Thanks for sharing! Love it!

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  30. #443
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    beautiful still lives in the first pages; and damn that's working out for you there espec near the end. lovely idea with the repin study. ill be back to bother you and steal your study ideas / skills to be sure!
    SKETCHBOOK - my website - facebook company page
    ooh yeah; did you know I'm a certified art-teacher? that's right. everything arty I say has been endorsed by the state of the Netherlands! (they'll be sorry soon)

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  32. #444
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    Pretending to be Sargent sounds fun. His work is so... ugh... incredible!

    I'm not sure if I truly have something useful to add regarding portraits. You're very good, you do have a lot of raw emotion in your work, and your gestures enhance it, sir. I'm certain I'll mention things you're aware already in a level or another.

    Well, what can I say about portraits? I love to mix signals when I'm painting portraits, it's something of an instinct which I'm still learning to control.

    One of the secrets are the eyes. Not the sharpness of details, eyelashes, not even the irises coloring or reflections. It's how they're set on the face and interact with other parts, like forehead, nose, cheeks. If I had to pick a favourite detail of the eyes it would be the eyelids. The eyelids (including lower eyelids) can give a lot of character to someone. They'll inform ethnicity, they can communicate emotions and they can make someone dollish, ruthless; throw a little highlight in the right place and the gaze becomes seductive!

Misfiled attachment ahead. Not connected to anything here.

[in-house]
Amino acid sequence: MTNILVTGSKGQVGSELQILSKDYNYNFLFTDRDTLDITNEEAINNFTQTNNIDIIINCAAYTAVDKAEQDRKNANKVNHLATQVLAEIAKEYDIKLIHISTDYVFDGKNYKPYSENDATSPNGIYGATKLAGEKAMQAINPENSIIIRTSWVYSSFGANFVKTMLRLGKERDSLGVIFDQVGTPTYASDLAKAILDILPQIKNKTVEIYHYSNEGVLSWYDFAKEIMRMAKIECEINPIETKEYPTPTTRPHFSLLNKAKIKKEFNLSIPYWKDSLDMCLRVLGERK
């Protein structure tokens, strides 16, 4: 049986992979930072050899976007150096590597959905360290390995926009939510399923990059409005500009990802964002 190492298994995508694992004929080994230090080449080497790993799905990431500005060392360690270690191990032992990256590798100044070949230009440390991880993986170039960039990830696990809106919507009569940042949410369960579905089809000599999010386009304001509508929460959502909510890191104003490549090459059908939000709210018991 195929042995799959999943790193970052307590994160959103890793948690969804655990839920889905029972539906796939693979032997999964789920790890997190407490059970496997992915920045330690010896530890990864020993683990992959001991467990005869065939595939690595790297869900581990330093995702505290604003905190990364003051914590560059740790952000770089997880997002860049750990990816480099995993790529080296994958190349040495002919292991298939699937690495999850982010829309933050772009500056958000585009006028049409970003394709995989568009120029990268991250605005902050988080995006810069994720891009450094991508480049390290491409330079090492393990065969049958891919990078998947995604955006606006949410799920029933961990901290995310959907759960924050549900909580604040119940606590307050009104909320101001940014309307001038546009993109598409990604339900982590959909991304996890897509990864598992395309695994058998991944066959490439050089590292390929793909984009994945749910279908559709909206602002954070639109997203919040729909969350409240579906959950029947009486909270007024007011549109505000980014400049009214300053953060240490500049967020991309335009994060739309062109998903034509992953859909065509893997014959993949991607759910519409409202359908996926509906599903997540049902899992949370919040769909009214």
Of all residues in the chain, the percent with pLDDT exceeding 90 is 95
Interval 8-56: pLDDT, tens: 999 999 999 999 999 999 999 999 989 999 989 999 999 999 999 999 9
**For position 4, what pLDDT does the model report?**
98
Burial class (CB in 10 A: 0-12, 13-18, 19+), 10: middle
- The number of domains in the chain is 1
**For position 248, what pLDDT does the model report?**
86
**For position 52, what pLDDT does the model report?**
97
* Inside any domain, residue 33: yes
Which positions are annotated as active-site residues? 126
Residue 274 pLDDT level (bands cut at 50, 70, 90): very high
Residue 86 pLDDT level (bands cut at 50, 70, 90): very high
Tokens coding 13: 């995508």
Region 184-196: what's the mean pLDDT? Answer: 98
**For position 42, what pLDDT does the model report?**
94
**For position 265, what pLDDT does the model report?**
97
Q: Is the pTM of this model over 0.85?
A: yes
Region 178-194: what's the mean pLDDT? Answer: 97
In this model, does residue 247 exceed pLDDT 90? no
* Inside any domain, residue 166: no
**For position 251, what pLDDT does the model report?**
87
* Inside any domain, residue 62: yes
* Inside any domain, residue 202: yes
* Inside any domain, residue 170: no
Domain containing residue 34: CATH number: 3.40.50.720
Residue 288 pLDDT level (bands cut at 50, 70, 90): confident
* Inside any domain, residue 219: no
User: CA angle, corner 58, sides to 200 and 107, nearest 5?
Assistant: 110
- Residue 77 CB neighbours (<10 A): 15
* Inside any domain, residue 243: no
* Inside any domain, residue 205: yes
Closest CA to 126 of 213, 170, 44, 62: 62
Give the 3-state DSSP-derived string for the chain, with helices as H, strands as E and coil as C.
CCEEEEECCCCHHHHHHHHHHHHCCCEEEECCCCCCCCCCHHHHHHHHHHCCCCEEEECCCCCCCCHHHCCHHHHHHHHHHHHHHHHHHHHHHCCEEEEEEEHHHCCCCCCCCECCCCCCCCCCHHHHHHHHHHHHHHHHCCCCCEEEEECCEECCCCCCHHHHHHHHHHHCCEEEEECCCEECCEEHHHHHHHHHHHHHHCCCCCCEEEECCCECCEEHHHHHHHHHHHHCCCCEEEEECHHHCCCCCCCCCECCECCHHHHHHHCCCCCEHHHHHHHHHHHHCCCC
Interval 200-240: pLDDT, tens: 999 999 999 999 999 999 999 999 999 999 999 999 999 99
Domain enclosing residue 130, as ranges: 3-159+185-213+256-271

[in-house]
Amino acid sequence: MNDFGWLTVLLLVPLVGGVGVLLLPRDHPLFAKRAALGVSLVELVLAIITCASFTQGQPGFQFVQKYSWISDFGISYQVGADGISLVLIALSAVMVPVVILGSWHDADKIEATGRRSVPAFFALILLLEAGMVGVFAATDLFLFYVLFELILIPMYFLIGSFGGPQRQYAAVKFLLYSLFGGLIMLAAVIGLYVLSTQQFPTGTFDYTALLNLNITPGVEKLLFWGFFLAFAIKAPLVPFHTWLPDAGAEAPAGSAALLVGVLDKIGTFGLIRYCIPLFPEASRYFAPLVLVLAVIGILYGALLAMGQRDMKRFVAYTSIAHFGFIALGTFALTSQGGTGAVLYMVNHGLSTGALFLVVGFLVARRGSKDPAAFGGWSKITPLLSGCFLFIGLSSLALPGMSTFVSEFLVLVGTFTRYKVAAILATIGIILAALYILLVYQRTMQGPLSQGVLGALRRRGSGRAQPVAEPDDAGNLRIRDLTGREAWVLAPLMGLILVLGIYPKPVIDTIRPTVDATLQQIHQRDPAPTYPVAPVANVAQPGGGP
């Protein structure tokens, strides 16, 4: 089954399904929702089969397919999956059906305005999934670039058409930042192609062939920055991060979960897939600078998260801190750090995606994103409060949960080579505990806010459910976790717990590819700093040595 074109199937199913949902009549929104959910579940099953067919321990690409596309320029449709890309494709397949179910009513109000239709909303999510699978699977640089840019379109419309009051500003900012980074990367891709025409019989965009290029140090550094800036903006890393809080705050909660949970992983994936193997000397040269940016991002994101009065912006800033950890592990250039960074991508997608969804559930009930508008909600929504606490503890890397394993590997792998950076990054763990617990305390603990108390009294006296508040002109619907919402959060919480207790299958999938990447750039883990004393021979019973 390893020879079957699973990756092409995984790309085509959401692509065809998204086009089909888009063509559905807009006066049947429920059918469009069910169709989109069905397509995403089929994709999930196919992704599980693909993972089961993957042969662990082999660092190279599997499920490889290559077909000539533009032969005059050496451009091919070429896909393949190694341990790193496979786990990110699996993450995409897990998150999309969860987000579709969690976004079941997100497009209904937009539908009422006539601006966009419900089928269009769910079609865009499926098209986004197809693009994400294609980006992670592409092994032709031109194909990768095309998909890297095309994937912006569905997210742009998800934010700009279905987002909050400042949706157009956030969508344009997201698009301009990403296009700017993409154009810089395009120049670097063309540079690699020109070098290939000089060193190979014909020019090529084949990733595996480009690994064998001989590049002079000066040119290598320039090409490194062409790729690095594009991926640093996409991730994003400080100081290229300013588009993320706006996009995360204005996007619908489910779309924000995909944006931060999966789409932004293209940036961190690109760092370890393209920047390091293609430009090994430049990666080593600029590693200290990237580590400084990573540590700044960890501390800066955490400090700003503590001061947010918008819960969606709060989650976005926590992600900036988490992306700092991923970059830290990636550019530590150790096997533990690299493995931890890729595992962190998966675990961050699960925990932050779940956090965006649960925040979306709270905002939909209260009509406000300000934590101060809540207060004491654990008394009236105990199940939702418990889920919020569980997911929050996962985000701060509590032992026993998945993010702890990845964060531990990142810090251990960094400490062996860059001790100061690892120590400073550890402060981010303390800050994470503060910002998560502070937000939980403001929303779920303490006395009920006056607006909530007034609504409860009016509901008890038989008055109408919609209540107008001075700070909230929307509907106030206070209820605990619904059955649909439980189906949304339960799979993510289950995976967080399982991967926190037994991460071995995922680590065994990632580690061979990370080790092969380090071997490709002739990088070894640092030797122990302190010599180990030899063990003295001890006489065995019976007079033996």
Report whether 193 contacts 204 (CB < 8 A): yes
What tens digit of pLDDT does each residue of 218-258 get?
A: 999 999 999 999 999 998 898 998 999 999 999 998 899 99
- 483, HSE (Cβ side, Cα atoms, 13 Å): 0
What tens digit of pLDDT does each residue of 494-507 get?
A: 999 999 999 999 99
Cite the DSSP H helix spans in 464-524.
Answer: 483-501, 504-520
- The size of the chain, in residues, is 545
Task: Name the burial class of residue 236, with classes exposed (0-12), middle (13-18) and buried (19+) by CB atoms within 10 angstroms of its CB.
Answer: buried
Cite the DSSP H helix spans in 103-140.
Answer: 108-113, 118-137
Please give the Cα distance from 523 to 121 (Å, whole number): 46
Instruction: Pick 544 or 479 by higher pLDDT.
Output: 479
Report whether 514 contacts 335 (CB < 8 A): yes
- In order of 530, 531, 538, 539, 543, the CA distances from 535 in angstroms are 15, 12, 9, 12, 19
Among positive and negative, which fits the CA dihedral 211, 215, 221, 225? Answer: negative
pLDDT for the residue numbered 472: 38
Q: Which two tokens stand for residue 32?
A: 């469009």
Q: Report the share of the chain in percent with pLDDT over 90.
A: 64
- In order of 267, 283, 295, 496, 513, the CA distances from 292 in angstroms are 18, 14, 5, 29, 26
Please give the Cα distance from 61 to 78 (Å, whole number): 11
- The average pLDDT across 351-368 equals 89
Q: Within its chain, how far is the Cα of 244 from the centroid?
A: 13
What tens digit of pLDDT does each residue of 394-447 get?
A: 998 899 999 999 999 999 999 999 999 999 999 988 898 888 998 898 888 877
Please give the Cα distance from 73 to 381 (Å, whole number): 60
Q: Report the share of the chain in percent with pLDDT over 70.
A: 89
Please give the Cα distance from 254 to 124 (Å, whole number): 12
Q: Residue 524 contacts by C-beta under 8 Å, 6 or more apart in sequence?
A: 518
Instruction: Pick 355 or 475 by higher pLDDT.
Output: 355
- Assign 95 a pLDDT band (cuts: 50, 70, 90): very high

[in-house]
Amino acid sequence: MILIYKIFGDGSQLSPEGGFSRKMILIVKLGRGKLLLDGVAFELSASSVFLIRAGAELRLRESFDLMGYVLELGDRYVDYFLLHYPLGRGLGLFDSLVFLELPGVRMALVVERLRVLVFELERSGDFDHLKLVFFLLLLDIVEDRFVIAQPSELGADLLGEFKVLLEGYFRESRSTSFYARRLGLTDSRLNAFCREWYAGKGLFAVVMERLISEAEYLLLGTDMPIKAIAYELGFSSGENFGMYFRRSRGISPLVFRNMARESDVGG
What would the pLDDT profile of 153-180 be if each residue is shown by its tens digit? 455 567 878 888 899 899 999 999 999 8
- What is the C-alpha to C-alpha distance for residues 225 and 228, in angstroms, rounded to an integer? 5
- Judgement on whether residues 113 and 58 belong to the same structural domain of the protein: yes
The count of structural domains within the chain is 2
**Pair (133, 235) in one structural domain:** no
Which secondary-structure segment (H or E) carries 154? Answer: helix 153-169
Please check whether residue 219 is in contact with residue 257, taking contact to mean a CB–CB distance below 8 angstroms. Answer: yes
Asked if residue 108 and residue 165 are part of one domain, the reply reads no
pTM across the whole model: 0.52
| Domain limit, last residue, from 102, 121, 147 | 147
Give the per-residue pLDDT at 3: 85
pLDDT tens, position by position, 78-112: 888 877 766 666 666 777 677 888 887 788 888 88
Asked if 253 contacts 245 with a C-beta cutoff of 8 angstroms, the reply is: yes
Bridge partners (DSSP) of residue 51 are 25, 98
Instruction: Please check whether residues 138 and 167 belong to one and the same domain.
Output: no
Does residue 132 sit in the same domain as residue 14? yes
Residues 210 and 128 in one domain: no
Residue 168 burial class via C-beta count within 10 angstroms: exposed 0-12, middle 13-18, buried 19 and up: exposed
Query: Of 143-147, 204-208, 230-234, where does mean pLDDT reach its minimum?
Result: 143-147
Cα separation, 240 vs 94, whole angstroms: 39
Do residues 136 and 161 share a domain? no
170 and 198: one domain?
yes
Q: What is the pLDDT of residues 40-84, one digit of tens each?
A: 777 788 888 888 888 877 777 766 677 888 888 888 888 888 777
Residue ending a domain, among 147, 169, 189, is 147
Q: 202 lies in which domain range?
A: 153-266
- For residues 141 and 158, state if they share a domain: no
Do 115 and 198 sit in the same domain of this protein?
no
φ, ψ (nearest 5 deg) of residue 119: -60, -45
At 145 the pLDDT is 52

Working from the eyelids (and the eyeball overall volume) to outside you'll have nose, cheeks and forehead. The forehead slope, the eyebrows shape and height and the nose bridge again speak of ethnicity and also age. The eyebrows are the frame for the eyes, thicker ones make the gaze stronger, higher and diffuse, innocent (think in children's eyebrows). The nose-cheek-eyes interaction can tell about one's gender, and the plane change from the nose to the cheek is a nice opportunity to pull the viewer's attention towards the eyes. From the cheeks edge, up and down you'll have the skull shape. Following the cheek down to the lips you'll have another opportunity to work gender, particularly in the area under the mouth, at the edge of the lips. Little "bags" there makes one more masculine, do it in a female and she'll look more stern. (overdo it and she'll duckface!)